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GSTHR THR Groups Briefing Paper

The Global State of Tobacco Harm Reduction (GSTHR) has released a new Briefing Paper looking at tobacco harm reduction consumer advocacy groups - and notes their exclusion from COP10

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The Global State of Tobacco Harm Reduction (GSTHR) has released a new Briefing Paper looking at tobacco harm reduction consumer advocacy groups - and notes their exclusion from COP10. The COP10 conference was due to take place in Panama this month but has now been postponed to 2024.
  • Consumer advocacy groups play vital role in maintaining access to safer nicotine products to reduce tobacco-related harm around the world;
  • Formed by people with experience of using safer nicotine products to quit smoking, they want people who still smoke to have the same opportunities;
  • These organisations have achieved significant positive outcomes for smokers and SNP users despite being poorly funded.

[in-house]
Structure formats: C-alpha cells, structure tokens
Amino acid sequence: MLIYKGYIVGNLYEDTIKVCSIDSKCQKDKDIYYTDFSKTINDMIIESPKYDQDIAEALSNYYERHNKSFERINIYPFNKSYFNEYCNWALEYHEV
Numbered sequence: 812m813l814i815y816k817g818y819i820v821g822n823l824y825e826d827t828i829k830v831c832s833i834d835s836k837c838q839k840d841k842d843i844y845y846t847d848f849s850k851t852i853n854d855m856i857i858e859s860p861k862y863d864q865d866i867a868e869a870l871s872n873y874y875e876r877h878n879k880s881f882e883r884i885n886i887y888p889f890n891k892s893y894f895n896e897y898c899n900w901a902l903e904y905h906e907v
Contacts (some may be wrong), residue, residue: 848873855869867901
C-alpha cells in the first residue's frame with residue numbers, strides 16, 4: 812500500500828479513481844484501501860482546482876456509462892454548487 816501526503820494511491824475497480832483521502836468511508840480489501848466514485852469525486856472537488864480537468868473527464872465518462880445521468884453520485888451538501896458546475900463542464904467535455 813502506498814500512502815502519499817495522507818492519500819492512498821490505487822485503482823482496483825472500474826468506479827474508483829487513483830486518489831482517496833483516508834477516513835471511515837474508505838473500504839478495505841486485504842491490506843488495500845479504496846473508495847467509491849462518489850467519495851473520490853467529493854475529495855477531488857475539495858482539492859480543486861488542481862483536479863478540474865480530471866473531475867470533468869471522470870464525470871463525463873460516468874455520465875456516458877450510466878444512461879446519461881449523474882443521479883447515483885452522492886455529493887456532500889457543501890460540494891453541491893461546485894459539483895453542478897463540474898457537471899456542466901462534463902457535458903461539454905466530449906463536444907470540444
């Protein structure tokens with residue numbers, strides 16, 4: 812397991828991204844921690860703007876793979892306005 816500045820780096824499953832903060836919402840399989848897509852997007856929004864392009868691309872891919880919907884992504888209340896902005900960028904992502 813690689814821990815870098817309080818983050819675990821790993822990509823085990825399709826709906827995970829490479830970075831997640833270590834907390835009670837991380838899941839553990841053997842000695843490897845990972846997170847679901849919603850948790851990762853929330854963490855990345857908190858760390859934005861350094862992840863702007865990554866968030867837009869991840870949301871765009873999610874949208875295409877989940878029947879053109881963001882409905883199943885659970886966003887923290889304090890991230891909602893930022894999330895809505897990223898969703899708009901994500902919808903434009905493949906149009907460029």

While the future of tobacco and smoking will be discussed at the tenth Conference of the Parties (COP10) to the Framework Convention on Tobacco Control (FCTC) in Panama next year, consumer organisations advocating for tobacco harm reduction (THR) will be absent.

GSTHR says: “This meeting will influence the future direction of international tobacco control policies and is expected to result in moves to reduce access to safer nicotine products (SNP) such as nicotine vapes, heated tobacco products, snus and nicotine pouches. But COP10 will lack any insight from the people who use SNP as groups representing consumers are not allowed to take part in proceedings.”

The Global State of Tobacco Harm Reduction (GSTHR)’s latest Briefing Paper explores the development, role and importance of consumer advocate groups in tobacco harm reduction. Available in 13 languages, this Briefing Paper shows these organisations play a critical role in ensuring SNP are available as alternatives for all those who use high-risk tobacco products, including 1.1 billion people who smoke. They are run by people who have experience of using safer nicotine products to quit smoking and are driven by a desire to make sure all those who smoke have the same opportunities.